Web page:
I, Tertius, the one writing this letter for Paul, send my greetings, too, as one of the Lord's followers

    Paul, write this greeting in my own hand. Remember my chains. Grace be with you.

    I, Paul, write this greeting in my own hand, which is the distinguishing mark in all my letters. This is how I write.

    I, Paul, write this greeting in my own hand.

    Timothy, my co-worker, sends his greetings to you, as do Lucius, Jason and Sosipater, my fellow Jews.


1 TIMOTHY
CHAPTER: 3 | VERSES: 16

A bishop then must be blameless, the husband of one wife, vigilant, sober, of good behaviour, given to hospitality, apt to teach;
1 of 16
Not given to wine, no striker, not greedy of filthy lucre; but patient, not a brawler, not covetous;
2 of 16
One that ruleth well his own house, having his children in subjection with all gravity;
3 of 16
(For if a man know not how to rule his own house, how shall he take care of the church of God?)
4 of 16
Not a novice, lest being lifted up with pride he fall into the condemnation of the devil.
5 of 16
Moreover he must have a good report of them which are without; lest he fall into reproach and the snare of the devil.
6 of 16
Likewise must the deacons be grave, not doubletongued, not given to much wine, not greedy of filthy lucre;
7 of 16
Holding the mystery of the faith in a pure conscience.
8 of 16
And let these also first be proved; then let them use the office of a deacon, being found blameless.
9 of 16
Even so must their wives be grave, not slanderers, sober, faithful in all things.
10 of 16
Let the deacons be the husbands of one wife, ruling their children and their own houses well.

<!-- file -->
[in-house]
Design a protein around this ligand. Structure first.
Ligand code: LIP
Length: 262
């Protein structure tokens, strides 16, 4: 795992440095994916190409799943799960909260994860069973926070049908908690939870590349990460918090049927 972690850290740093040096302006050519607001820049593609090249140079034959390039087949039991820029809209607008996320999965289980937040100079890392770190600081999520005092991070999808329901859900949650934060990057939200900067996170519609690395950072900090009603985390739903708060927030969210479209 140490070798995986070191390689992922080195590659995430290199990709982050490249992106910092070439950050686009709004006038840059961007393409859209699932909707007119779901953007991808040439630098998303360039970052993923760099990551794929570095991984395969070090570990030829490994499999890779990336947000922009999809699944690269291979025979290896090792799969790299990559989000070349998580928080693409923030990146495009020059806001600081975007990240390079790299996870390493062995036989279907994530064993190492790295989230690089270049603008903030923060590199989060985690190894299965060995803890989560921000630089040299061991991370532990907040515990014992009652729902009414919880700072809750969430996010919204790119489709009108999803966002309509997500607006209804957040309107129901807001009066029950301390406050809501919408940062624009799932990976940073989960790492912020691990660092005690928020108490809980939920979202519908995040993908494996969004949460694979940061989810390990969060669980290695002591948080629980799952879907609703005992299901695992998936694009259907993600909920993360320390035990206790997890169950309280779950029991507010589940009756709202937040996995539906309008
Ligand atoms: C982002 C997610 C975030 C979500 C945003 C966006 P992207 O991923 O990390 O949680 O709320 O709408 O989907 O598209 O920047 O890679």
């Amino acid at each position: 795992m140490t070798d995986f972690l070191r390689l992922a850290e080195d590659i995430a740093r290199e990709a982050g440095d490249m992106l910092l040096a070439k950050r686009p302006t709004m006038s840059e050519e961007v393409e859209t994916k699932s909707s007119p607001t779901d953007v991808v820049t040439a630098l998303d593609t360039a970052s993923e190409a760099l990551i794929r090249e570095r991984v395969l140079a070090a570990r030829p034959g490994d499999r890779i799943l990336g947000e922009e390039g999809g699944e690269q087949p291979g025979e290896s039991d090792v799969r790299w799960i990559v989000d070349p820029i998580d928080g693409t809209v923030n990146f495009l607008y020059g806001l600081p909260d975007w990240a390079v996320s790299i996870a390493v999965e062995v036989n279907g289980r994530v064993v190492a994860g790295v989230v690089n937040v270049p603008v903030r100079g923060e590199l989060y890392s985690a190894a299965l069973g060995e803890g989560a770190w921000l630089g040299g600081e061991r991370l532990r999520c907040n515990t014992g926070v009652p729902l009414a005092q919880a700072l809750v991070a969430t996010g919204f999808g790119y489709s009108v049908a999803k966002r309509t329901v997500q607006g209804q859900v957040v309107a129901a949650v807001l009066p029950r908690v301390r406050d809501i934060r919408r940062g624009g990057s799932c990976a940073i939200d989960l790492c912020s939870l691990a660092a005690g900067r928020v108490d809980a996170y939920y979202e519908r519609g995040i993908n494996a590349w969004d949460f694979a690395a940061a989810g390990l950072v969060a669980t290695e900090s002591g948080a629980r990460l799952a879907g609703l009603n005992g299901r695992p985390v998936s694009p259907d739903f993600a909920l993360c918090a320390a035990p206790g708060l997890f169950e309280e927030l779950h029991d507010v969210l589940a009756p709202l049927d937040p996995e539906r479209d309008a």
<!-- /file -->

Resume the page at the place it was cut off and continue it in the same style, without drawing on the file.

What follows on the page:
11 of 16
For they that have used the office of a deacon well purchase to themselves a good degree, and great boldness in the faith which is in Christ Jesus.
12 of 16
These things write I unto thee, hoping to come unto thee shortly:
13 of 16
But if I tarry long, that thou mayest know how thou oughtest to behave thyself in the house of God, which is the church of the living God, the pillar and ground of the truth.
14 of 16
And without controversy great is the mystery of godliness: God was manifest in the flesh, justified in the Spirit, seen of angels, preached unto the Gentiles, believed on in the world, received up into glory.
15 of 16
Chapter:
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IMPORTANT: All Scripture text has context and background. Scripture should never be read literally or in isolation. Always seek clarification from religious scholars and teachers. In general, Scripture adheres to four principles: (1) Literal Meaning - What the Scripture says (2) Historical Setting - The story events; how the Scripture was understood in its time (3) Grammar - The surrounding sentence and paragraph; textual context (4) Synthesis - A comparison with similar Scripture to give a better contextual understanding